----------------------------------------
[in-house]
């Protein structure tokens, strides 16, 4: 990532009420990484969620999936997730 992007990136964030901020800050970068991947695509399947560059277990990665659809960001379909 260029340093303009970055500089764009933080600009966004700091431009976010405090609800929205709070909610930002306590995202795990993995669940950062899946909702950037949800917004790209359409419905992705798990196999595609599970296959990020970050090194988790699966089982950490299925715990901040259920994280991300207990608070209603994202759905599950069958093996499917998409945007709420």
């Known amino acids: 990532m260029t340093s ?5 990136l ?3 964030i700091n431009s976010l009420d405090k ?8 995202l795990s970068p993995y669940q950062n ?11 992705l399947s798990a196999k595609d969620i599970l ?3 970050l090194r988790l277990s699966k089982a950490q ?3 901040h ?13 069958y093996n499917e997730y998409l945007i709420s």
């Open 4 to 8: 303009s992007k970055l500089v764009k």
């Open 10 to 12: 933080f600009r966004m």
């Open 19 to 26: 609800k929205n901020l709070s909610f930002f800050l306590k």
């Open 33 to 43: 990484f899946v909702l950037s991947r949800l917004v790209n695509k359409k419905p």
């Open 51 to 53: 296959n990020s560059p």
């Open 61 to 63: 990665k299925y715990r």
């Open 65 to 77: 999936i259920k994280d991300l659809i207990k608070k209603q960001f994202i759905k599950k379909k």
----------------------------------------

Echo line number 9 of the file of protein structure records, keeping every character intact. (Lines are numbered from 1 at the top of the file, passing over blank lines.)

């Open 61 to 63: 990665k299925y715990r």